Matt and Kitty spent the morning taking plant surveys along the gravel bars of the river flowing in to Rust Lake. Last year, Kitty had noted invasive dandelions along this stream. The population seemed small enough that manual removal may be an eradication option. This year, the population had grown slightly, but we still manually removed all dandelions we could find (approximately 200). We hope that continued hand removal and monitoring will prove effective in this area. After all the backbreaking, rugged, and dangerous work of weeding dandelions, I spent a good portion of the noon hours napping on the bank under the sun.

Lily Mihalik of KCAW Sitka arriving under the clouds

Peggy Marcus, Supervisory Natural Resource Specialist for the Sitka Ranger District of the Forest Service, and Lily Mihalik from Raven Radio in Sitka were scheduled to fly in on the afternoon of June 9th. As I napped, the winds picked up and the weather came in forcing them to reschedule for the next morning.

Peggy Marcus from USFS getting a little exposure

I called Forest Service Dispatch at 6:00 am: “Ceiling at 1500 ft, light winds from the South, good visibility”. Rust Lake is in a bowl at about 870 feet. The Forest Service needs at least, 500ft of to fly into the lake. That didn’t give much margin for error. After a couple of hours, Kitty, Matt, and I began calculating the amount of extra weight we would be carrying down to Patterson ourselves, since it seemed very unlikely Peggy and Lily would get through. As we debated, we heard a plane engine, and shortly thereafter saw the tiny float plane dive in just under the ceiling through the cut where the river flows out to the Pacific.

With Lily and Peggy in the field, we packed up camp and headed for our next camp, an alpine lake under another Karst band across the valley from the first.

After morning coffee on the 10th, we packed up and headed for Patterson Bay. The end of the alpine lake and the beginning of the slope to Patterson marks the boundary of the Wilderness Area. One can’t help but wonder if the beautiful weather was directly related to being with in the wilderness boundaries, because as soon as we crossed the boundary, the rain began and continued throughout the day. Armed with aerial photos and GPS, the crew hiked down a very slippery and steep ridge into the valley bottom of Patterson. By late evening we had crashed and thwacked through more devils club and alder thickets we could handle, but we were still a way off from Patterson Bay. Finally, hungry and exhausted, we saw an opening in the trees.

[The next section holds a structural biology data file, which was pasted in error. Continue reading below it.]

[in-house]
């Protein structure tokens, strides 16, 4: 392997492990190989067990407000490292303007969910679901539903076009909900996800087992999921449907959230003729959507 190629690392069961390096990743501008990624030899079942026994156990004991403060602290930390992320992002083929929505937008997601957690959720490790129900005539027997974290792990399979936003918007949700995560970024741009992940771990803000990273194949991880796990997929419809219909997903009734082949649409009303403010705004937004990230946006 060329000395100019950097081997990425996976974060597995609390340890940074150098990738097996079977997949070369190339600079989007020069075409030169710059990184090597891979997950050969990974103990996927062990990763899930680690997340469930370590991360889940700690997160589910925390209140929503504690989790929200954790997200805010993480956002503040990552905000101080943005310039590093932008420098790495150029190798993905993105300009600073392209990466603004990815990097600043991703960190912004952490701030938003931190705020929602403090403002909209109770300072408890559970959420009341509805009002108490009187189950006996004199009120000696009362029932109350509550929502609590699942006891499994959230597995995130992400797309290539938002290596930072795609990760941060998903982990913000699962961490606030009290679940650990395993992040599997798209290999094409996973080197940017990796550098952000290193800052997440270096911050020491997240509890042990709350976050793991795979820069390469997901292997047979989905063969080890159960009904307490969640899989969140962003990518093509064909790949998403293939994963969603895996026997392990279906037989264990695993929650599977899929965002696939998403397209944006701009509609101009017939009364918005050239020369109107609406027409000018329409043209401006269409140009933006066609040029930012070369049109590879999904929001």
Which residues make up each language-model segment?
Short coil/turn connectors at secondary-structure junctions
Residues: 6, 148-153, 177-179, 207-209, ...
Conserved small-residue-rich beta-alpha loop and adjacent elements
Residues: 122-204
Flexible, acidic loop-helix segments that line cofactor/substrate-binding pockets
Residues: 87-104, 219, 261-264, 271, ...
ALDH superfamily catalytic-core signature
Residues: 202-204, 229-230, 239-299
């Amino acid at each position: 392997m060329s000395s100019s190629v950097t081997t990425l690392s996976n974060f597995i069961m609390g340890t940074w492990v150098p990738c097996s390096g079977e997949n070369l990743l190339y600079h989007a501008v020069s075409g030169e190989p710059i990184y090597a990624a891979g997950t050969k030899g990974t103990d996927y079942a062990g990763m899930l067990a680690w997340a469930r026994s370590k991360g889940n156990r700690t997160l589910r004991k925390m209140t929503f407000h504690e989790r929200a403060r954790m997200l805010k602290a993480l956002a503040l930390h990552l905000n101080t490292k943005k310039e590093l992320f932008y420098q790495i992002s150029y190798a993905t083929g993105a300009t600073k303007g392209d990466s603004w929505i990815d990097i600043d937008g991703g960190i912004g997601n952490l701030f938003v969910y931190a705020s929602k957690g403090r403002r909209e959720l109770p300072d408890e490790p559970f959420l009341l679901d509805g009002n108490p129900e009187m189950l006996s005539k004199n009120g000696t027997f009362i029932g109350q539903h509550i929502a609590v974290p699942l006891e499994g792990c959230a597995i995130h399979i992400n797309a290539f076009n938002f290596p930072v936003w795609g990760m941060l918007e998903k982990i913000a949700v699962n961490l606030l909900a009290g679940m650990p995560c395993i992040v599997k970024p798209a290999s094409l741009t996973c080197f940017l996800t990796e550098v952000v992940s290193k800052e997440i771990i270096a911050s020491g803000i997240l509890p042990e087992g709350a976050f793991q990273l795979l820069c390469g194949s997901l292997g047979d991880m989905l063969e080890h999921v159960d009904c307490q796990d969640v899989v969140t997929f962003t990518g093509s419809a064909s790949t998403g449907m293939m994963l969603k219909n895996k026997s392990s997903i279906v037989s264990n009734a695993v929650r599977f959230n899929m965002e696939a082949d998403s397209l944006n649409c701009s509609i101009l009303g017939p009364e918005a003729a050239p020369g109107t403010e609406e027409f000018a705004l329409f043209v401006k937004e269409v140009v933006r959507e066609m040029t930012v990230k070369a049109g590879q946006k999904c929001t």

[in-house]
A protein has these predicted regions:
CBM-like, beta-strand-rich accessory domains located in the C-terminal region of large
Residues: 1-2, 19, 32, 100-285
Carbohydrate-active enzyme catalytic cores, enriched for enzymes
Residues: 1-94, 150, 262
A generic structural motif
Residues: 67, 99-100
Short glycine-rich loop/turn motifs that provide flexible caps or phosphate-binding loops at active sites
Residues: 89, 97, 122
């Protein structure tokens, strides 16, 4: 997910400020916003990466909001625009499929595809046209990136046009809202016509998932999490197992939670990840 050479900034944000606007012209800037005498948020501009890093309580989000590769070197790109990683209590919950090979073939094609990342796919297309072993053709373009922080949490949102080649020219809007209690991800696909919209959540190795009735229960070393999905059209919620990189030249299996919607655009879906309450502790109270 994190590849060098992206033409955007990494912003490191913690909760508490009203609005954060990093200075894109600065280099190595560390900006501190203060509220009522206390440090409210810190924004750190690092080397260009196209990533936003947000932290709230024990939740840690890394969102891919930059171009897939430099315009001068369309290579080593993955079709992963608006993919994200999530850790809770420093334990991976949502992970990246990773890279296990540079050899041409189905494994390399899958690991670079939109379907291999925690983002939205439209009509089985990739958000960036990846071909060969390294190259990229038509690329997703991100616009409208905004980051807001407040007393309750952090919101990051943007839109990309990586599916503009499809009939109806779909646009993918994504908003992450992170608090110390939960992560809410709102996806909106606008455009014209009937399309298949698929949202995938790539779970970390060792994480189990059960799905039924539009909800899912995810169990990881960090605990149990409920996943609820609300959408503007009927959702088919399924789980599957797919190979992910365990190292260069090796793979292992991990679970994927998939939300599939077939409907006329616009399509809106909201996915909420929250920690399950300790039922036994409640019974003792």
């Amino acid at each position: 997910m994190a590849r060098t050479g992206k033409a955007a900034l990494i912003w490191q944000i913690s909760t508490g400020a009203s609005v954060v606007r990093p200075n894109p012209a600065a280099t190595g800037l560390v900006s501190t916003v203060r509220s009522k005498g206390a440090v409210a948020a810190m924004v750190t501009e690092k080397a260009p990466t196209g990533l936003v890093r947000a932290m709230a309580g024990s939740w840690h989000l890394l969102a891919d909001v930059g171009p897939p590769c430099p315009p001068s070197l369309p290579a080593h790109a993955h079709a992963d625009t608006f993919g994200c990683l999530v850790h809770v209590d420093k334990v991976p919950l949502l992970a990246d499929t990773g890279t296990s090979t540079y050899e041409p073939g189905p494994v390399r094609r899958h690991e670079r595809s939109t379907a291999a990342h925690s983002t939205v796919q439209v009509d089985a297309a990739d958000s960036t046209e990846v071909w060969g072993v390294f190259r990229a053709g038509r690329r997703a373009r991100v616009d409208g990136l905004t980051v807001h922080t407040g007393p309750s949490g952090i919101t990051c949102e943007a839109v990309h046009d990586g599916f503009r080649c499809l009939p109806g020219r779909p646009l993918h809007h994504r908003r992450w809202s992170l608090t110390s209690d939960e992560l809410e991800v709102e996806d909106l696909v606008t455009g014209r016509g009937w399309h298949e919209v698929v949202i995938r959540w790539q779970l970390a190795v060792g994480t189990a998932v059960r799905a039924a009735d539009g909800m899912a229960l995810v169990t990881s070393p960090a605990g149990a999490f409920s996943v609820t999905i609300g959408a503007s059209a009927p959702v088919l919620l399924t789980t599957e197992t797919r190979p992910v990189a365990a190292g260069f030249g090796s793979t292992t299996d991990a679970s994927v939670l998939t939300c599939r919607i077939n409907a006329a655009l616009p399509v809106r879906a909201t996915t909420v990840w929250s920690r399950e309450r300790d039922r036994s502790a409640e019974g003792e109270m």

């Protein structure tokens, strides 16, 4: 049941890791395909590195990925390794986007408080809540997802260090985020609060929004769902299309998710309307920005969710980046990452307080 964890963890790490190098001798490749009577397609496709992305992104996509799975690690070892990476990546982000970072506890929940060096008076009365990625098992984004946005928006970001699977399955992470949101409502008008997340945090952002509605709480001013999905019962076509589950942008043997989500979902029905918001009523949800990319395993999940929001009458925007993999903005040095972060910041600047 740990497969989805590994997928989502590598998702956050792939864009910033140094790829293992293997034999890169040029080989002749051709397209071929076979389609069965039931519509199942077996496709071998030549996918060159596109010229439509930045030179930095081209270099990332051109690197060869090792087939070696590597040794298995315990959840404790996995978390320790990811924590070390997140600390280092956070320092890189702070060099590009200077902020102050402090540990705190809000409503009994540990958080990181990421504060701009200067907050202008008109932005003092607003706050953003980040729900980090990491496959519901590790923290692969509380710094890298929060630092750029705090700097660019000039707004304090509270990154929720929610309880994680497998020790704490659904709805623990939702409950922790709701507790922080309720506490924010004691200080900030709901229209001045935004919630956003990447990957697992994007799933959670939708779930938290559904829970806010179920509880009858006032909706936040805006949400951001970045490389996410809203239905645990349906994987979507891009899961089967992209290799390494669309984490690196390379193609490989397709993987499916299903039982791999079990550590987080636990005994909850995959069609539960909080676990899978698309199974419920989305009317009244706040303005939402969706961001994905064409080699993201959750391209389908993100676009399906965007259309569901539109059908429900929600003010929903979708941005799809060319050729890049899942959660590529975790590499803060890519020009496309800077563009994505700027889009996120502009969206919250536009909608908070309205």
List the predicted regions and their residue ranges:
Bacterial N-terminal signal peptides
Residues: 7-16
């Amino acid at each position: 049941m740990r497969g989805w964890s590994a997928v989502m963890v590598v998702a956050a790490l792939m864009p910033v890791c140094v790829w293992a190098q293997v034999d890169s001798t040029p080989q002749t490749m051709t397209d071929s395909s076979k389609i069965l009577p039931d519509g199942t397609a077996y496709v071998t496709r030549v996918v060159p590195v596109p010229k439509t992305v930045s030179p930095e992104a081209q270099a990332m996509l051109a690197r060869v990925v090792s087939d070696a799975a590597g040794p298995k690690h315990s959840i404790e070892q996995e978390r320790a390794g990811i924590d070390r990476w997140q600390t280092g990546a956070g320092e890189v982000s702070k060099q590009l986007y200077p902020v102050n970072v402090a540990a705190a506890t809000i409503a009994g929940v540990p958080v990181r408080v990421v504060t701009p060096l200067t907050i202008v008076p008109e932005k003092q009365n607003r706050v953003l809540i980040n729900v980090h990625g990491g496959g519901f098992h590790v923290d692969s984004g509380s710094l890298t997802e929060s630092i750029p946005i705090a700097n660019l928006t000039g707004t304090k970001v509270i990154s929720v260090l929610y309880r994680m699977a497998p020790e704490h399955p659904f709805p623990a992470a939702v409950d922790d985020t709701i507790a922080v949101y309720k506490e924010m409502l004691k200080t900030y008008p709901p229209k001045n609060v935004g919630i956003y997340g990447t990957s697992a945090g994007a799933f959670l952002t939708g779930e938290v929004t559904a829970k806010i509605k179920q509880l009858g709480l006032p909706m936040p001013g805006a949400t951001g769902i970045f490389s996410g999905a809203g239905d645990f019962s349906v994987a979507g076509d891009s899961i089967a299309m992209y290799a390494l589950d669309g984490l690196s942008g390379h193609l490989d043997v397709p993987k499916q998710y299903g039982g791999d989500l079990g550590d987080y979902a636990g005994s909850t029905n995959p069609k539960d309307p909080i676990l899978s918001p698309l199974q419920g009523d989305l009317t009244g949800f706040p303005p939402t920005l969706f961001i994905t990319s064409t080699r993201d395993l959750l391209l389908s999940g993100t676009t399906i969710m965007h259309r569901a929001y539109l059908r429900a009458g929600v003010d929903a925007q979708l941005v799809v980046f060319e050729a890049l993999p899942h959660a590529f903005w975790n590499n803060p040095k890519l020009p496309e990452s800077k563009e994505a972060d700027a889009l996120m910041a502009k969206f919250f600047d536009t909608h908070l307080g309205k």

Rainy rest stop

Unfortunately, rather than finding Patterson Bay on the other side of the tree line, we discovered a massive beaver operation that didn’t show up on our out-dated aerial photos. The slues created by the damming we too deep and to wide to cross. We circled around and plunged back into the devils club. After a while, apparently walking in circles, it started to get dark. Eleven hours of bushwhacking in the rain had drained us. We found a spot in the forest, built a fire, and set up camp. As Peggy, Lily, and I collected wood, Matt and Kitty scouted the way ahead only to find out that we were under a mile to the beach at Patterson!

Flying out of the field

In the morning, the weather had calmed down and we were hopeful for a successful float plane pick up. Finally on the beach, however, the wind changed and began gusting. The plane came over the ridge behind us and circled a number of times, contemplating the take-off potential in the current conditions. Satisfied, he landed. We took off again, into the margins of a squall. There were some initial bumps as testified by the bruises Kitty’s fingers left on my leg, but overall the flight back to Sitka was smooth and beautiful thanks to the pilots at Harris Air.

 

Check out the radio stories of the trip on Raven Radio:

Wilderness Surveys Shed Light on Human Impact

Wild Plants May Show Signs of Climate Change

May 08 2010

Expedition: Red Bluff

Red Bluff Bay is one of the most iconic places on Baranof Island. The area gets its name from the red, ultramafic (meaning high iron content) of the bedrock outcrop that marks the entrance of the bay. SCS’s Wilderness Crew, accompanied by author Nick Jans, targeted the bluffs as a prime environment to survey for rare and sensitive plants.
Red Bluff is also a popular destination for travelers and small cruise boats, so it was also important to monitor the base-line levels of human use to ensure that we don’t “love this place to death.”

 

Expedition: Red Bluff 2010 from Sitka Conservation Society on Vimeo.

May 06 2010

Expedition: Goulding Lakes

Goulding Lakes are a series of three large lakes right in the middle of West Chichagof-Yakobi Wilderness area.  In the summer of 2010, the SCS Wilderness Crew comprised of SCS staff and a number of volunteers, flew into the largest of the lakes with the goal of survey priority areas as they backpacked north to Stag Bay.  Check out the video to see how the adventure unfolded.